Alzheimer's could soon be diagnosed through the use of a blood test, according to the results of a new study.
Research published in the Journal of Alzheimer's Disease revealed a unique biochemical diagnosis that could accurately identify individuals with the neurodegenerative condition.
Currently, Alzheimer's is diagnosed through family history information, mental assessment and physical examination. However, no conclusive diagnosis can be made until the post-mortem.
Lead author Dr Vassilios Papadopoulos said that an accurate, convenient and non-invasive test to diagnose Alzheimer's early on is "vital".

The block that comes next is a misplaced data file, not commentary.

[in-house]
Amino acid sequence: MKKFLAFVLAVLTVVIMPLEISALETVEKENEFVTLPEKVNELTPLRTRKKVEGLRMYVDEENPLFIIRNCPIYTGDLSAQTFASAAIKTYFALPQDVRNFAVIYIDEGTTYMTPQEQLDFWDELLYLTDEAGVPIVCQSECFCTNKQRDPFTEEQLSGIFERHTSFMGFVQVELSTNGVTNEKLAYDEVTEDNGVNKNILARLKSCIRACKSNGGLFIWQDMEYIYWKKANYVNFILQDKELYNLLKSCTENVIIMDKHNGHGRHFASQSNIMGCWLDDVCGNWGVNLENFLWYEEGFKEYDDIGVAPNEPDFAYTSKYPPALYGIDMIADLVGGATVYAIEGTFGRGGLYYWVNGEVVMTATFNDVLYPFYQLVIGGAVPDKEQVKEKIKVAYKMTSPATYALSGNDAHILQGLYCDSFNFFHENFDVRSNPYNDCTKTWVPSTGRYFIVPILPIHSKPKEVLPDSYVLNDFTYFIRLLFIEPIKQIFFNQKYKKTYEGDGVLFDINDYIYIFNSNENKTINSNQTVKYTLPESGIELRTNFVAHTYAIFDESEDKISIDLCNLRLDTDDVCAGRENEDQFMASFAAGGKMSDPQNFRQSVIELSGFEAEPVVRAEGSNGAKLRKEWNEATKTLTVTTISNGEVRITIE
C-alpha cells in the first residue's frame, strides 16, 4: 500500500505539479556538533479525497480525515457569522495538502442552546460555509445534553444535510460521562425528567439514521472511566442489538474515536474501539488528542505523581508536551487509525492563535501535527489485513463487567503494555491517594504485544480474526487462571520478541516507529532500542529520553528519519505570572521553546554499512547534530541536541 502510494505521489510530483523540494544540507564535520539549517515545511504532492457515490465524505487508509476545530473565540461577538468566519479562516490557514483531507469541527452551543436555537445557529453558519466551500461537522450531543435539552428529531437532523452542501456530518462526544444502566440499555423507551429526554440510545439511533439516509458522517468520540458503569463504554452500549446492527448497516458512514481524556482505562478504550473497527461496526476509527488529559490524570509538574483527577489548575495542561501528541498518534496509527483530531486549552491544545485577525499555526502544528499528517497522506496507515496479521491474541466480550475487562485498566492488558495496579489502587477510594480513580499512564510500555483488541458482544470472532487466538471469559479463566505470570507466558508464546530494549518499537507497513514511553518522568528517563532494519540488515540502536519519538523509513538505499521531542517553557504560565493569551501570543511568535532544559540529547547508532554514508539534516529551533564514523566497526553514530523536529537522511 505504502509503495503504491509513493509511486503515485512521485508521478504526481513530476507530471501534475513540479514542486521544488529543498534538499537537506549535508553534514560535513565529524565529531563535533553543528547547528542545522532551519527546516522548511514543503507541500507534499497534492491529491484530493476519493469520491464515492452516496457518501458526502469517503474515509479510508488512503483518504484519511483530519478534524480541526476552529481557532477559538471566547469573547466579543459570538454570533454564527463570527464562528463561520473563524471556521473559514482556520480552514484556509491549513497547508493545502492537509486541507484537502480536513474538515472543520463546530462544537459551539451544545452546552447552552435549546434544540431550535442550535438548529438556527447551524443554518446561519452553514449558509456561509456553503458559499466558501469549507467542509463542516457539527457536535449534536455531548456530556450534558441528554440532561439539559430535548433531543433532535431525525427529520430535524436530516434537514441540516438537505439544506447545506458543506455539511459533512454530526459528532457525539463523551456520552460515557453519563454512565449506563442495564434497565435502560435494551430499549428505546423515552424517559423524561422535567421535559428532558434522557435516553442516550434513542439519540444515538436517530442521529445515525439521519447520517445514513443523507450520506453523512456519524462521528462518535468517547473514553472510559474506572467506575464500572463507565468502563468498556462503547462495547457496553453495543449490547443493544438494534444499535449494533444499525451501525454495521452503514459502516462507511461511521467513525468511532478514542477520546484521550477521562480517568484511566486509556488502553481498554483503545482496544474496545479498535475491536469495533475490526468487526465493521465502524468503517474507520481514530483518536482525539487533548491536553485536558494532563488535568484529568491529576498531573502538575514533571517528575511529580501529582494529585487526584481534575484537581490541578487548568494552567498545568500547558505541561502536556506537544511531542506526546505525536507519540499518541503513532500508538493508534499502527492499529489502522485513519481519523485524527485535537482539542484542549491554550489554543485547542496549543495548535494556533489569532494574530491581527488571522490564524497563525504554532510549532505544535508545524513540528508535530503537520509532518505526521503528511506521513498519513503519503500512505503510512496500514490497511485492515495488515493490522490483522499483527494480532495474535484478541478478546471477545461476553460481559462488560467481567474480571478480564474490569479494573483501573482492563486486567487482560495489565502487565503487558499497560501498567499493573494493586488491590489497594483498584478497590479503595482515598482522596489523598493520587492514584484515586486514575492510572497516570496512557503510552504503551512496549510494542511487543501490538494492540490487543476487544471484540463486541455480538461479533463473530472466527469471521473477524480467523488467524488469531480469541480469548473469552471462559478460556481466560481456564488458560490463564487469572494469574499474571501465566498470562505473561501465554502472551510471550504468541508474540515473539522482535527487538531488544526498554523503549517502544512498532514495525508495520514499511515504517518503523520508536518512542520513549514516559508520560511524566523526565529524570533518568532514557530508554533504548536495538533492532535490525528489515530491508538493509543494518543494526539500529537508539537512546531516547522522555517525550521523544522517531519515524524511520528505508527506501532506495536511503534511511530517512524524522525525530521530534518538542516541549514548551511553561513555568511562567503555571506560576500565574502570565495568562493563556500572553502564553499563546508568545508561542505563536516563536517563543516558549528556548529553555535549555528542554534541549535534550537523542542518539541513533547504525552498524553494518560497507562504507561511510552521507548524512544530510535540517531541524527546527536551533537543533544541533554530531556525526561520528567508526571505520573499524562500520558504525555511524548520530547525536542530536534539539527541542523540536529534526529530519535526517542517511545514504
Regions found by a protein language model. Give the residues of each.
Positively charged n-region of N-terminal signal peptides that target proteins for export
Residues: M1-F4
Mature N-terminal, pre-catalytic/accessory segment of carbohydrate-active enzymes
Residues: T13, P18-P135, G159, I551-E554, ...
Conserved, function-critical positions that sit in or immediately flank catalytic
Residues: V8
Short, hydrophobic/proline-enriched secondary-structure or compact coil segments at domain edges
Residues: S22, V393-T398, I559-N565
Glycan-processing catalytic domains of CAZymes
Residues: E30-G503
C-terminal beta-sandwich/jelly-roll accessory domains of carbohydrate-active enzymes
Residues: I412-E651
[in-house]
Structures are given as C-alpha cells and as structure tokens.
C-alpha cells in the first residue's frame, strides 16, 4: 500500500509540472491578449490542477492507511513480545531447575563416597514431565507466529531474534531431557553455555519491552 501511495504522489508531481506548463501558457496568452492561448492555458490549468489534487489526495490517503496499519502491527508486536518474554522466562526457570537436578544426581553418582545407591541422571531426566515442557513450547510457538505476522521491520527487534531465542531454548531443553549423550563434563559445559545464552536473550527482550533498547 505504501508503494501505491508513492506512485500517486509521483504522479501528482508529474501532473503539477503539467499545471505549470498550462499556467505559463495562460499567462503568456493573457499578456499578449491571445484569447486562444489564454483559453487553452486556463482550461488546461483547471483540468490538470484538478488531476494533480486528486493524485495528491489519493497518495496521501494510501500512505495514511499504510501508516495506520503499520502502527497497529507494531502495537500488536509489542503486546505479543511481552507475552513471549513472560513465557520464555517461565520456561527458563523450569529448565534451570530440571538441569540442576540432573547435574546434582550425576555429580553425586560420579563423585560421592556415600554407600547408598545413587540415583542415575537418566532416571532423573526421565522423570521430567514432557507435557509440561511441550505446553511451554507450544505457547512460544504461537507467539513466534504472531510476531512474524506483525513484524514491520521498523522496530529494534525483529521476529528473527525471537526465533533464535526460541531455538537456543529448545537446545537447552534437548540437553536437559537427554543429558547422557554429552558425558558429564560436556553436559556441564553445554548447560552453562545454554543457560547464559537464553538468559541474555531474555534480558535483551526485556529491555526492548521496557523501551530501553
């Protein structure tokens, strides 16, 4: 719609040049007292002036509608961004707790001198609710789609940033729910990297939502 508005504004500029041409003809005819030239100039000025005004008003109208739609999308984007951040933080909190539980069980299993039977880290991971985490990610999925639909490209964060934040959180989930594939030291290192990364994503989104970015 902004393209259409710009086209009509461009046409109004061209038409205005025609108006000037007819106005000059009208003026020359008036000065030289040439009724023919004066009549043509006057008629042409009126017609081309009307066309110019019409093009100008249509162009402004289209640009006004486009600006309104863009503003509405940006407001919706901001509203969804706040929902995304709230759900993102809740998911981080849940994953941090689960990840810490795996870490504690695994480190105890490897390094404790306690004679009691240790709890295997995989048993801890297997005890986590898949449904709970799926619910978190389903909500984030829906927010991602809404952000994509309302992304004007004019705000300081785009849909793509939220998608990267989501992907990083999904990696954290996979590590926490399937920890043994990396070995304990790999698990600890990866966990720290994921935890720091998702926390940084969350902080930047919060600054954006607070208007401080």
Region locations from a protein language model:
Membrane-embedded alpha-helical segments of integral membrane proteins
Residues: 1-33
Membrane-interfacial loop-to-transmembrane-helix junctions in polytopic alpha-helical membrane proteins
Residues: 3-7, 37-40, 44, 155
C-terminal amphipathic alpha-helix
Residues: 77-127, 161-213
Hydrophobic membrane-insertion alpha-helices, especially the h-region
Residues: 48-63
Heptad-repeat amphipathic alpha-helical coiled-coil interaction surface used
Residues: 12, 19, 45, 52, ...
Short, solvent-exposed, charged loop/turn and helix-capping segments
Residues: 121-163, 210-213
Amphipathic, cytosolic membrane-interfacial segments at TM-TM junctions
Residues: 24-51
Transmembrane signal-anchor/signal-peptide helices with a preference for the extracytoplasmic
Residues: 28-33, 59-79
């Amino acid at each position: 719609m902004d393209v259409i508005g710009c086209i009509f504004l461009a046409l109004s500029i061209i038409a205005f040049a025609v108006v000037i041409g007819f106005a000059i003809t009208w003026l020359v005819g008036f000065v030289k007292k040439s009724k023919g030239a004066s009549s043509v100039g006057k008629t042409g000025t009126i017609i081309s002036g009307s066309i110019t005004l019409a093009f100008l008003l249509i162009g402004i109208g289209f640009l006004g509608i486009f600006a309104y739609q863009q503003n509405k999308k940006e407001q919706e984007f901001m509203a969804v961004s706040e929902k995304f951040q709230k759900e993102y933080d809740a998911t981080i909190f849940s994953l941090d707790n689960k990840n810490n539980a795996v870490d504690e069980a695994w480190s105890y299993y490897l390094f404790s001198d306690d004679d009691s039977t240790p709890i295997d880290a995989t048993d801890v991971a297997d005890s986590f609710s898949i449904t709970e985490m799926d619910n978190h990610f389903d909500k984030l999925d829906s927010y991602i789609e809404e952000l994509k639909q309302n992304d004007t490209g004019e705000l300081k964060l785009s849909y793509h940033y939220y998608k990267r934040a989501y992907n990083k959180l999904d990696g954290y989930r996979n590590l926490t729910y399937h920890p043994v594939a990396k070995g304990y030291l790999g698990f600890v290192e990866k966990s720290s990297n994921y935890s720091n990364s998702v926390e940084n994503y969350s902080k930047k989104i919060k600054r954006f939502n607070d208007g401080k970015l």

"We believe our results demonstrate that the DHEA-oxidation blood test can be used to diagnose Alzheimer's at a very early stage and monitor the effect of therapies and the evolution of the disease."
This follows news that taking a lithium supplement could slow down the progress of Alzheimer's disease.
Scientists at the University of Sao Paulo in Brazil found that the development of mild cognitive impairment was slowed down through the prescription of lithium.